Book Club Channel
Let's Talk About God: A Call to Interfaith Dialogue
Reaching out to people who belong to radically different faith traditions can be done in some very practical, down-to-earth ways. We have to keep reminding ourselves that reaching out does not mean abandoning our convictions. Quite to the contrary, it means actually practicing good faith. Again, being Christian is not about affirming the facts of Jesus, it is about following the acts of Jesus.
So, how can we begin earnest interfaith conversations?
- We can begin by listening to the stories that give rise to our faiths. All of our faiths are built around stories that lie at the foundation of our traditions. We can gather in small groups around dinner tables, or coffee shops or in fellowship halls, and there invite one another to tell the stories that illuminate and inspire their faith—the story of Abraham, the story of Jesus' feeding the multitudes, the story of Muhammad's life in Medina, the story of the young prince Gautama. Listening respectfully begins to reduce the fear and anxiety of confronting religious experiences that seem strange to our ears. Every religious ritual has a story behind it. Listening to one another's story will be a powerful force in achieving respect and understanding.
- Every religion has a collection of sacred literature and sacred places. We should read one another's sacred literature and talk about the literature that we hold sacred. It will be inspiring to read the Bhagavad Gita. It will be inspiring to read Confucius' Analects. We should invite other believers to read aloud to us from their literature or scripture which they hold to be sacred and tell how those of sacred texts actually shape and influence their life and behavior.
- Interfaith conversation can and should be built around families. Though not all, most of us are Christian or Muslim or Jewish or Hindu because we grew up in that tradition. We all have a history. Beginning to understand one another's history and the religious events that color our lives will contribute to building relationships of trust. If we can connect families, love and grace toward one another will follow.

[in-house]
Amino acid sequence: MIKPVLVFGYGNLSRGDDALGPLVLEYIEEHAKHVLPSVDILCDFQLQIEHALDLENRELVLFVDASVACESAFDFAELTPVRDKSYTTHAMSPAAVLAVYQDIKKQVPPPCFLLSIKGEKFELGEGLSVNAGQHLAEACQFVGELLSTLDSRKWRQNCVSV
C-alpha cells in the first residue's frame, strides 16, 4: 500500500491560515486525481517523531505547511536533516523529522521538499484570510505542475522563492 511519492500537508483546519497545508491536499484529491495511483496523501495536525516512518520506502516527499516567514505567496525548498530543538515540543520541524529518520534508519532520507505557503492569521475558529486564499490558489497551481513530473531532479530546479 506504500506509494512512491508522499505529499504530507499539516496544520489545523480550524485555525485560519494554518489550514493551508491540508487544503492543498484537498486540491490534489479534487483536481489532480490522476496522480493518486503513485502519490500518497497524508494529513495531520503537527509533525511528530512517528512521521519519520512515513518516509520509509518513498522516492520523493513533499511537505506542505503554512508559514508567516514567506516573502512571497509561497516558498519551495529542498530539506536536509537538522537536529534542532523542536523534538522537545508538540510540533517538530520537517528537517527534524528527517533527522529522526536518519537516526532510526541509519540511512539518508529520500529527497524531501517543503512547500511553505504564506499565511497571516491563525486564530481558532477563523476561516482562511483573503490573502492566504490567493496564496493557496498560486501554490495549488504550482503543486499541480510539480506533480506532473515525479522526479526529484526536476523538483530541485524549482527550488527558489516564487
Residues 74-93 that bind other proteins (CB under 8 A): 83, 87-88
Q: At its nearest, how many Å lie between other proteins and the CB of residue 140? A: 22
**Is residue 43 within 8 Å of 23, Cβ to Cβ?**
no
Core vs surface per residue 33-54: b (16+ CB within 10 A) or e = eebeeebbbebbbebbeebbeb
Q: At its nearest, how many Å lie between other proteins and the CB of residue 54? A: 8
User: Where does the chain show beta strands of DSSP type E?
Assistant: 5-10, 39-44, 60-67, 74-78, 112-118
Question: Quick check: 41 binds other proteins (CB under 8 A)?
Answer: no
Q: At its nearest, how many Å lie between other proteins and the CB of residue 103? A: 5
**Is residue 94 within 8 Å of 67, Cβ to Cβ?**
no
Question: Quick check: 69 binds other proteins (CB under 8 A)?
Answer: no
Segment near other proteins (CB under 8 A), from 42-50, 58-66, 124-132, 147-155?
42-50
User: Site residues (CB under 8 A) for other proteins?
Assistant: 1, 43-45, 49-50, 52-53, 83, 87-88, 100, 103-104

- Pain and suffering are universal human phenomena. We should ask our friends of other faiths to speak to us of how they cope with suffering. We should ask them to share painful events and speak of how their faith helps them understand pain and suffering and even death. Every faith believes that life is more than about living until we die. The struggle with suffering and coping with loss is an experience common to us all and an important context for achieving greater appreciation for another faith.
- Every religion of the world reaches out to provide hope for its believers. This hope may be for salvation, for liberation, for deliverance, or to experience a sense of enduring peace. We should explore the hope that permeates the life of other believers. The yearning for hope lives within all of us and is the rich soil for interfaith conversations.
Finally, within all our faiths, sometimes half-hidden, is an affirmation that letting go of our self-centered ways and embracing a path of compassion is primary to what it means to follow God. Our interfaith conversations, if they are to be fruitful, must spring from genuine compassion. Thoughtful listening increases our capacity to care. We have to care enough to meet one another as children created in the image of God. Only compassion will provide the grace to listen and to embrace another person, not because they agree with us or we with them, but because we believe that they are as much the creation of God as we. Because they too are children of God, our neighbors of our faiths deserve compassion, kindness and respect. Jesus said, "I give a new commandment that you love one another." Jesus did not add unless a person happens to be a Hindu or a Buddhist or a Jew. The boundaries of God's love can be drawn only by God and we should resist the temptation to make judgments or to draw boundaries on God's behalf. If we are willing to reach out to another as mutual children of God, we can begin the long journey back from faiths that degenerate into ugliness and evil into faiths that will be instruments of grace and peace in the world.
R. Kirby Godsey, Ph.D., served 27 years as President and CEO of Mercer University before being named Chancellor in 2006. A dynamic and engaging speaker, Godsey is also the author of several books, including the new Is God a Christian? Read an interview with Dr. Godsey at the Patheos Book Club here.